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King Ailesh Notebook

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King Ailesh Notebook

Written by

Sam Reynolds


Tokotah Rooftop

Pages long


Appears in

Uru: Ages Beyond Myst

This notebook was by DRC contractor Sam Reynolds on the DRC's finds of King Ailesh. A copy was located on a table at Tokotah Rooftop in 2003, but has since been removed.

Transcript of the Notebook[edit]

Ailesh took the throne in coronation ceremonies in the year 120 DE at the age of 170. Though it seems Ailesh had never been a member of the Writer's Guild on Garternay, he had spent the first fifty years of his life with Ri'neref (after his own dismissal) working on the Book of D'ni. When the D'ni Writer's Guild was formed in the year 8 DE, Ri'neref made sure Ailesh was placed in charge as the first Grand Master of the Guild.

As Grand Master, he worked closely with Ri'neref in the writing of the new Guild of Writer's Oath. The Oath, which was what every member promised to live by, ended up staying in existence (with few minor changes) until 9400 DE.

Records indicate that Ailesh modeled his life very closely to Ri'neref's. He refused to build himself a palace until a Common Library was opened; as he strongly supported a place where all citizens could have access to Books. Though there was some minor disagreement on minor issues the building was eventually finished in 233 DE. Although, like his mentor, Ailesh still refused to build himself a palace.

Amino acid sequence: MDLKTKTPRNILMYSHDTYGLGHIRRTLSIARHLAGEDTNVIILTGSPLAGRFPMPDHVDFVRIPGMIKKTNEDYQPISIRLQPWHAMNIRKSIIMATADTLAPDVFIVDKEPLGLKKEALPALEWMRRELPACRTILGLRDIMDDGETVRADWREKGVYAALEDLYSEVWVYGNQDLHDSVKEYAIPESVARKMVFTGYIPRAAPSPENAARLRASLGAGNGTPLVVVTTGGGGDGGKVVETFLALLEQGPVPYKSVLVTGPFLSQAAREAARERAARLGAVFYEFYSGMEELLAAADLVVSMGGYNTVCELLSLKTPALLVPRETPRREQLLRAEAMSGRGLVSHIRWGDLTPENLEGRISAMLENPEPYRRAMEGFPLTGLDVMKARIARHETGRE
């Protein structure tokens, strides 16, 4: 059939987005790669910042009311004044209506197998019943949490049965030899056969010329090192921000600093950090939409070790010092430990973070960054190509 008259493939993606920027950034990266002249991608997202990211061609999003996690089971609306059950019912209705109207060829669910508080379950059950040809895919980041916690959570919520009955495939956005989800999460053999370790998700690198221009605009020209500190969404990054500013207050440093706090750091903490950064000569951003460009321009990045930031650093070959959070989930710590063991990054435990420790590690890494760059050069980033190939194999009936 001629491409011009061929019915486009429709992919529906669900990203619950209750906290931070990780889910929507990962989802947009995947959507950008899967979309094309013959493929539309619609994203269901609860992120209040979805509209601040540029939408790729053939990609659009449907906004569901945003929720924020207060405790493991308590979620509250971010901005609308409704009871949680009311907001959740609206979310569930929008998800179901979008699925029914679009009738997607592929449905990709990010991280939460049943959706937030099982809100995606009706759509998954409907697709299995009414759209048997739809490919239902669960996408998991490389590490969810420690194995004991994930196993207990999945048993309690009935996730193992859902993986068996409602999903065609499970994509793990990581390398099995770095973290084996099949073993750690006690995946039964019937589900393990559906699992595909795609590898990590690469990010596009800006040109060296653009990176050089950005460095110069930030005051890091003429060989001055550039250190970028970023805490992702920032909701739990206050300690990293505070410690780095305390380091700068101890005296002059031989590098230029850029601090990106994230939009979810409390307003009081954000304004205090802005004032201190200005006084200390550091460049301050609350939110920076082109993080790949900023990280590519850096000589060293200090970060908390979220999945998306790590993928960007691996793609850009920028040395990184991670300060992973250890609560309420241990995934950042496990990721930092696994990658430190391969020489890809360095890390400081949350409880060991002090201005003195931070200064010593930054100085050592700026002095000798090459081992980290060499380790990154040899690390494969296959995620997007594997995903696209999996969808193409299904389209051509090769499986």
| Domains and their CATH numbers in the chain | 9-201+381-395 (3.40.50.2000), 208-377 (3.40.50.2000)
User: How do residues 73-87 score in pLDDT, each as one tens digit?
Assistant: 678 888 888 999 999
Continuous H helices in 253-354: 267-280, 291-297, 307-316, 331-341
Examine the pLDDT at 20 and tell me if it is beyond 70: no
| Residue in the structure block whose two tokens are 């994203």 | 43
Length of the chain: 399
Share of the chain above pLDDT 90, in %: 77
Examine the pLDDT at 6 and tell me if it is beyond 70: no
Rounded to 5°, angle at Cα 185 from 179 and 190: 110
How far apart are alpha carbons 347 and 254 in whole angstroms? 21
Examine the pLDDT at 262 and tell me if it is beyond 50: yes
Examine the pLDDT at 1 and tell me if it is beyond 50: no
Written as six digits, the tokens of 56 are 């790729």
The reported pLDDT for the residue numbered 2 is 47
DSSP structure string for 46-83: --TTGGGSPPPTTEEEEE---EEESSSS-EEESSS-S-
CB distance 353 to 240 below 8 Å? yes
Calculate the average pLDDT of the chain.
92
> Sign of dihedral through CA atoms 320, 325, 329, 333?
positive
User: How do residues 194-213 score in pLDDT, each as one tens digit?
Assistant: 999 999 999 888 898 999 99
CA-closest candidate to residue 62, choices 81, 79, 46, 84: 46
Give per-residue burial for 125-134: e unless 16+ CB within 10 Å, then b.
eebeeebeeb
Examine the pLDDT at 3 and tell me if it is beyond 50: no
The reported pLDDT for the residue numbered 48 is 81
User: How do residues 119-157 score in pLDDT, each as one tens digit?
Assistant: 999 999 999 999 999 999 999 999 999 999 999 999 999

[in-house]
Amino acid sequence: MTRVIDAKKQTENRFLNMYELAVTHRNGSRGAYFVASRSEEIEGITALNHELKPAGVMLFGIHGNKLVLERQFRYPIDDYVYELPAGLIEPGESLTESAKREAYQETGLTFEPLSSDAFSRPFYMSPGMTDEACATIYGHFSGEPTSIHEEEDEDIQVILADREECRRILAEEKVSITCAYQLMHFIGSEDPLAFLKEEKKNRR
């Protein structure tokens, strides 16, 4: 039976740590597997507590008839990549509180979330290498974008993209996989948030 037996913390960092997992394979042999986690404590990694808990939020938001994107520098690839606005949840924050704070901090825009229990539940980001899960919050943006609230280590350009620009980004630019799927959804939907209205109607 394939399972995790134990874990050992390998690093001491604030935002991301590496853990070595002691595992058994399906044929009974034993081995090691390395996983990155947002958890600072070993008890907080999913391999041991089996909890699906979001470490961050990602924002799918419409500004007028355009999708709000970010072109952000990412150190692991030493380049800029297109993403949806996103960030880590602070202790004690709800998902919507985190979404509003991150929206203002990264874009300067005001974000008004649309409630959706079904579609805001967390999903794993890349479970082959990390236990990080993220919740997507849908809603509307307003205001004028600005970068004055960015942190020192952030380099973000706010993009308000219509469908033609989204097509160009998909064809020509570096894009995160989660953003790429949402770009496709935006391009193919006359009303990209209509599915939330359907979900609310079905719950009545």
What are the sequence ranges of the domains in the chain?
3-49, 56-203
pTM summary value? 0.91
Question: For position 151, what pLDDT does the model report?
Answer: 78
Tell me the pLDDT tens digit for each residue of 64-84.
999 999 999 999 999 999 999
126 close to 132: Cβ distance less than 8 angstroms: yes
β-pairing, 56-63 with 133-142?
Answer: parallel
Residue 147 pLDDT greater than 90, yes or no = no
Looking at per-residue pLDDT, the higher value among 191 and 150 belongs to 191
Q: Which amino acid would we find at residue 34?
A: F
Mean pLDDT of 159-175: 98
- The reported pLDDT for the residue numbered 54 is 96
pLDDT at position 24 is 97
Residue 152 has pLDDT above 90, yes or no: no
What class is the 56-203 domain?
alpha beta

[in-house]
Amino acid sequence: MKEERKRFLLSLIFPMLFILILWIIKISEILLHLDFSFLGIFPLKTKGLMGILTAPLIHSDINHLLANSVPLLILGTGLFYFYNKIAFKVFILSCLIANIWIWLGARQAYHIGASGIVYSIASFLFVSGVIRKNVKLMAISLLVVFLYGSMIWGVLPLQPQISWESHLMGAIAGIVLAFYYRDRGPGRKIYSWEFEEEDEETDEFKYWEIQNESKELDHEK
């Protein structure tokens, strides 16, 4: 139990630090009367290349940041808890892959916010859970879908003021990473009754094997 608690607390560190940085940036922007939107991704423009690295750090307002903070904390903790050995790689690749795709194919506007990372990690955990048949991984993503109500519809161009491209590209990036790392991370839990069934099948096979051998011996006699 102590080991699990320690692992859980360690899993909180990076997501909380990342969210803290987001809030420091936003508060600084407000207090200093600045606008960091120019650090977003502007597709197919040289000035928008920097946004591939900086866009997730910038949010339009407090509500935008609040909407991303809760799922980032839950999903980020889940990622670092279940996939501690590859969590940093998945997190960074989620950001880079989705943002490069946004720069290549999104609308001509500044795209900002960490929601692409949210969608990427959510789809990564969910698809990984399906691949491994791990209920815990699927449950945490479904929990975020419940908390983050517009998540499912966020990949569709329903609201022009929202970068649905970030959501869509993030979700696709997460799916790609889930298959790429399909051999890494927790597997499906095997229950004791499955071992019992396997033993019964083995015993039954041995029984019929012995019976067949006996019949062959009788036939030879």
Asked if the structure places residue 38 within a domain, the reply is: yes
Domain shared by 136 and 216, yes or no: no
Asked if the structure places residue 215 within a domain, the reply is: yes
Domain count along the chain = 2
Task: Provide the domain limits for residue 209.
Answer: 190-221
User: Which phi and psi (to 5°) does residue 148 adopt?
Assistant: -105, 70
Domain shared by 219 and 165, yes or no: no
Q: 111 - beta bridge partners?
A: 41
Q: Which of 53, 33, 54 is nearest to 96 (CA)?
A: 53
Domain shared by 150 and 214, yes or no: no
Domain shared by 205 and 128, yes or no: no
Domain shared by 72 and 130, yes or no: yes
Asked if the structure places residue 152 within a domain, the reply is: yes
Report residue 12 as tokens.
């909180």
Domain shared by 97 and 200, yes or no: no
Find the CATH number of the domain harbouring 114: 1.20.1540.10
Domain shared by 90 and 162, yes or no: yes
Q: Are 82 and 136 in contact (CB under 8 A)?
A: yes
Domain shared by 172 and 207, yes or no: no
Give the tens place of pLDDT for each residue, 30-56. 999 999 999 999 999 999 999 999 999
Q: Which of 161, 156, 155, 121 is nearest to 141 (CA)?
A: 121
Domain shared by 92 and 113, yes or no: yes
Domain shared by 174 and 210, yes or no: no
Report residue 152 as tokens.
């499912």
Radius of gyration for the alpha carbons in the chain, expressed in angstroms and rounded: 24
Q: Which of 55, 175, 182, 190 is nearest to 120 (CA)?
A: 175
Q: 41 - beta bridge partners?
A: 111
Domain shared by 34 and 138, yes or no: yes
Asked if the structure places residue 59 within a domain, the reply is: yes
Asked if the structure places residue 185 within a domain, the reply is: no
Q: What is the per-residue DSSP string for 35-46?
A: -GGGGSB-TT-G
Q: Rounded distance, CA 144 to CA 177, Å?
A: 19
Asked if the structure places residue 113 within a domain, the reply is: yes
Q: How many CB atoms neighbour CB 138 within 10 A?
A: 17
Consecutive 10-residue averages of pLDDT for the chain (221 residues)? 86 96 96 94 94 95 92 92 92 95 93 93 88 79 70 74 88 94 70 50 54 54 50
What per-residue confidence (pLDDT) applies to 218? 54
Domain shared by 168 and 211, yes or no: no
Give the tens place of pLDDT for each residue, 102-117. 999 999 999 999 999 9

The reign of Ailesh was extremely similar to that of Ri'neref. There was still great excitement for the new ideals and laws of D'ni, and thus great support for Ailesh, making his reign a very smooth one.

Before his third son was born in 256 DE, records indicate that there was a bit of public apprehension over who the next King would be. Ailesh's two eldest sons were fairly rebellious and neither seemed good candidates for the throne, at least in the public's opinion. However, as Ailesh's third son grew, it became apparent to the public (although records never give specific reasons) that the boy closely followed his father's ideals. Ailesh must have agreed with public opinion as it was his third son who he selected to succeed him.

Ailesh died of natural causes at the age of 350.

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